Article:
The vermiestabilization or vermicomposting process is referred to the organic matter digestion and management by the earthworms. In the antique Egypt the earthworms were already considered as sacred animals and who damaged an earthworm was severely castigated, because it was well known their importance over the soil fertility. Similarly, Greeks and Romans were conscious about the relation between the earthworms and the fertile soils. But Charles Darwin was who explain the function of those organisms publishing in 1881 the book The vegetal land formation through the action of worms. Since then the worm culture was developed as a method to obtain substrates with high fertilizer power.
This process has been developed since years as rudimental form in Philippines, China and other Asiatic southeast countries, as well as Central and South America countries. Since years those techniques are realized in Europe (Great Britain, Holland and Italy), with the innovation of the use of the final product as fertilizer and substrate in horticulture. The first approximation of the possibility to use the worms for organic matter transformation was made by Watanabe and Tsukamoto in 1976, and the first time that the urban depurator lodes were used was in 1977 in the University of New York.

A definition

Vermicomposting could be defined as an organic matter bioxidation and stabilization method, mediated by the combined action of earthworms and microorganisms, obtaining a thin grain, homogeneous and stabilized final product denominated vermicompost. As in all biological treatments related with biowastes management, they are process that happen in a natural way in Nature and that close the organic matter cycle. For this reason, if we want understand and apply those processes we need to know the implicated organisms, their characteristics and necessities.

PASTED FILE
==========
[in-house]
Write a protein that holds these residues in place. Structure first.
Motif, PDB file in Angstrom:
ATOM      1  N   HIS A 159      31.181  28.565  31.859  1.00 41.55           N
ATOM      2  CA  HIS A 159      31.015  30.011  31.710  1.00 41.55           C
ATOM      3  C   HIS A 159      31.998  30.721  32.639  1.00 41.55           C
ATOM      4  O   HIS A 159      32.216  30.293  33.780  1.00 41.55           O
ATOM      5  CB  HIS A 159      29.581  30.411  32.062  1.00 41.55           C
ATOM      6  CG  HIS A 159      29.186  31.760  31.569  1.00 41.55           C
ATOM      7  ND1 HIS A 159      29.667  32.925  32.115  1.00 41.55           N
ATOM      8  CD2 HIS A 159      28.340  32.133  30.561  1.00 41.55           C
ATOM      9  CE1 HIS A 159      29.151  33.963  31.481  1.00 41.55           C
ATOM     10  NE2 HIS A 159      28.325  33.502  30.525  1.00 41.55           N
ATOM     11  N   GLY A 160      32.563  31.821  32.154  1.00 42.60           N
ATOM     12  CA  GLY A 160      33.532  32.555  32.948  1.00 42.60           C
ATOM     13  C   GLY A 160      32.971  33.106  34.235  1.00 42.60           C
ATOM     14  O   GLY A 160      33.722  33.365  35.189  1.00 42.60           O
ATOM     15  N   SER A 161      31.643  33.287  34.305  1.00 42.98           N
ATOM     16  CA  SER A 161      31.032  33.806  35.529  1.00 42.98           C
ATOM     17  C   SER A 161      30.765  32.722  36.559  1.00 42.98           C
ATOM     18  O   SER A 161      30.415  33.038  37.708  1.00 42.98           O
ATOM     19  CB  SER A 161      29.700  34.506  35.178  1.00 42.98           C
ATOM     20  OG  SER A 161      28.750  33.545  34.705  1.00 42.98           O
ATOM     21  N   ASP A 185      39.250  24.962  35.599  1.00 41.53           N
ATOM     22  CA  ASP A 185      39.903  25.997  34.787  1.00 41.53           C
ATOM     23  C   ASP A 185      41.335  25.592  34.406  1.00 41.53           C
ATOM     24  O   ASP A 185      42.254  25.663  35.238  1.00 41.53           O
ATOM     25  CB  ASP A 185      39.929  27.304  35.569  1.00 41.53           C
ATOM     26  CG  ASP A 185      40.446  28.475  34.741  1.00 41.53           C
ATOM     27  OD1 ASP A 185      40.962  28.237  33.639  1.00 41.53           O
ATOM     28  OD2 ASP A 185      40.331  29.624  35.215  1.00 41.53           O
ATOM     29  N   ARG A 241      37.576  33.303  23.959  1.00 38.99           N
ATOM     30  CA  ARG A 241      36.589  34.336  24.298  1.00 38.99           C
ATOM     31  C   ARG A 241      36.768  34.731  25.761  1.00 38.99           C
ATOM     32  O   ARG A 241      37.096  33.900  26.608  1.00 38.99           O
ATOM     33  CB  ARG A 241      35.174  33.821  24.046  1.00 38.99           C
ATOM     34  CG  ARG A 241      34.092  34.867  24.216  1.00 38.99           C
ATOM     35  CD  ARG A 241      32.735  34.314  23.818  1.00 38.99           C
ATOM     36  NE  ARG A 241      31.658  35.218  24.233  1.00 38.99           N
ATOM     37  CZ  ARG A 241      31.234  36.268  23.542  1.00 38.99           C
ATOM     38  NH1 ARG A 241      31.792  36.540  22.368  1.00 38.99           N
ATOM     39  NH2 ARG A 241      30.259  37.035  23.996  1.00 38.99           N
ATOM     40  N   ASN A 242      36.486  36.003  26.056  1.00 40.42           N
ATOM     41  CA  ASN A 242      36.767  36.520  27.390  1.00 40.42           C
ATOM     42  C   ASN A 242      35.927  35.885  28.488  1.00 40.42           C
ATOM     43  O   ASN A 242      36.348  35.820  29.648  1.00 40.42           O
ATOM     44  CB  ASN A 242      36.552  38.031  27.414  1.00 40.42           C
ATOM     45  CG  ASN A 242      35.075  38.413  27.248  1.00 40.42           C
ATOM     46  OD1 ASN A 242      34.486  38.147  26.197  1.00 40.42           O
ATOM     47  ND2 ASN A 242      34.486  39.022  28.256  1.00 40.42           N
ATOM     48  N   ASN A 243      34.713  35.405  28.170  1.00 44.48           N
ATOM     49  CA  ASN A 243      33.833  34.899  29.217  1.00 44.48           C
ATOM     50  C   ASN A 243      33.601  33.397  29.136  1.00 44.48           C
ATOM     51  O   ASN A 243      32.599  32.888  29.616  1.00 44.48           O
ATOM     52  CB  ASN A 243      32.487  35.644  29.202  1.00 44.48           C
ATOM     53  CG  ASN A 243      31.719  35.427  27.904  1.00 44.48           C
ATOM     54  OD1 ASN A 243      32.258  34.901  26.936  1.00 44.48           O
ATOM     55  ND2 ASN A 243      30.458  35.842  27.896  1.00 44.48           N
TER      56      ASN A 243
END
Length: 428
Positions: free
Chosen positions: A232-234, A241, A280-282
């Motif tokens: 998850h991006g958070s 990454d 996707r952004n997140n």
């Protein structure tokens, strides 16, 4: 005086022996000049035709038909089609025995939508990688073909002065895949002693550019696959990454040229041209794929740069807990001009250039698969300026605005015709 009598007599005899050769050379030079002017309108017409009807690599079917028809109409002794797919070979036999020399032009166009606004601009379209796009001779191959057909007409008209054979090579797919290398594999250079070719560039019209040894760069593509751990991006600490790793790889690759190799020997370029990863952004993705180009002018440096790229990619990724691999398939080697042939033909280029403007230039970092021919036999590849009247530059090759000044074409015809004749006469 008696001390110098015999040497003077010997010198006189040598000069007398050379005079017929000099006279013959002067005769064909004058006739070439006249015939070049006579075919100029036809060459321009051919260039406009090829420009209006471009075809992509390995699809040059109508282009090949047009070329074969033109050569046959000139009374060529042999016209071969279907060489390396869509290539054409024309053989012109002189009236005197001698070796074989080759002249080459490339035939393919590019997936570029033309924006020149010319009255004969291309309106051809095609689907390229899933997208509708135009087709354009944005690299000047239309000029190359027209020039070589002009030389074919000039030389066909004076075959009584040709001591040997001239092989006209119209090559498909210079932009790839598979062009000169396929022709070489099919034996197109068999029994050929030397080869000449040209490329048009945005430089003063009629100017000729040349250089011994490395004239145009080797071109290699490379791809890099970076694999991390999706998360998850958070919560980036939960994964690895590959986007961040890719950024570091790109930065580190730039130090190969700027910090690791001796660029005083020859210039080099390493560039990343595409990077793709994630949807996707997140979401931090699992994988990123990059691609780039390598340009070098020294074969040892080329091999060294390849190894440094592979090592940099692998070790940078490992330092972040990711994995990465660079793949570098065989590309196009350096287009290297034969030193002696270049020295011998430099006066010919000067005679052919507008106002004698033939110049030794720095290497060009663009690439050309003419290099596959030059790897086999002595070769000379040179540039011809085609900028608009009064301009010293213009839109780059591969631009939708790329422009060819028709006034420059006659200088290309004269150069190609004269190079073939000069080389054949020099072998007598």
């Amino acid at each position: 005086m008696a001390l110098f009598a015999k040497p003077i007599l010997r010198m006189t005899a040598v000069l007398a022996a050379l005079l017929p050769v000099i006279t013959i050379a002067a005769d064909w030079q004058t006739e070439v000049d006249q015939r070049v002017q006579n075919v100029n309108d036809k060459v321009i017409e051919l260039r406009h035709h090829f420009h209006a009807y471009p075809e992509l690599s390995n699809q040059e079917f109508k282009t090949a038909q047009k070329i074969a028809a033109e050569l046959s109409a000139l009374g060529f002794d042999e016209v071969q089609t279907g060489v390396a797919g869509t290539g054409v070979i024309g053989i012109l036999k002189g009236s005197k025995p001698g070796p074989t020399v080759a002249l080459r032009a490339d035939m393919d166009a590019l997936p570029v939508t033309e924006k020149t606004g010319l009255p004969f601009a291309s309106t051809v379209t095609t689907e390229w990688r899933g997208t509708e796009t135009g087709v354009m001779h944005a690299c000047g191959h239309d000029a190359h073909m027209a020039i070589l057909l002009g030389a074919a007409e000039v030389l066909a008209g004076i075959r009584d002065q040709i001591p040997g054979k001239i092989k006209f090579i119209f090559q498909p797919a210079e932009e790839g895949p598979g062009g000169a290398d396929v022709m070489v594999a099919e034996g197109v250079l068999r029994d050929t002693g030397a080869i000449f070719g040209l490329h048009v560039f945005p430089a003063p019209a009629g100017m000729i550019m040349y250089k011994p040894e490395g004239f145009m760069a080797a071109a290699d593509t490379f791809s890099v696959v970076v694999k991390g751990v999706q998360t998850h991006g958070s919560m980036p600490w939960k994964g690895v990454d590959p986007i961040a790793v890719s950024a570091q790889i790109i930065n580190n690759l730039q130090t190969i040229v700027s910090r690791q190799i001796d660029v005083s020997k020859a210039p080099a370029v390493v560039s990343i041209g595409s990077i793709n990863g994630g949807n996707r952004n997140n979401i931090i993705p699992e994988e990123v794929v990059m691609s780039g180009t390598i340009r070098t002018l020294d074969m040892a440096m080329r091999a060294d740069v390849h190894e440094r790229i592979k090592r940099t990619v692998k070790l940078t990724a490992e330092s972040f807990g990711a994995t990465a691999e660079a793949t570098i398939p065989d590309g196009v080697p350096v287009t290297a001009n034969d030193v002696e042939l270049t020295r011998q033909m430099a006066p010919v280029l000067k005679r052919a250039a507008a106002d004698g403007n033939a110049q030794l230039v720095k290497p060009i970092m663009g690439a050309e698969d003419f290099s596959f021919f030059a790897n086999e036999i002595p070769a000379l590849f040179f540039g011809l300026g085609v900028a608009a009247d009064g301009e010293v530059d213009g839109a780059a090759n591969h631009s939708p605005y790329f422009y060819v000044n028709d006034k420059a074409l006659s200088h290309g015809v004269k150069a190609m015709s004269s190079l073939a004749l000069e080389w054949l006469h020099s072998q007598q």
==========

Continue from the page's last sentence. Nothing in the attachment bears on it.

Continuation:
Its advantages come from the direct use of the earthworms behavior, like its detritus feeding and its movement by galleries; and from an indirect use, stimulating the microbial activity, favoured by the mechanical transformation of the waste when it goes trough the worm digestive system, producing a crumbling and reduction of the particles size. It supposes a higher surface of the organic particles, facilitating its degradation by the microorganisms. The combined action of worms and microorganisms intensify the organic matter decomposition. It is important to consider that the worms obtain their food from the high number of microorganisms that exist in the soil or in the organic matter in decomposition, because they could not assimilate the high part of not cellular organic nutrients. During the vermicomposting, apart than the microorganisms, the worms feed with partial or totally degraded components from the organic wastes, transforming the organic matter into an aerobic humus that can be used in horticulture. Apart of these micro organisms, in numerous occasions, the worm and microorganism’s actions can work together with other soil micro fauna as mites, enchytraeids, collembolans,...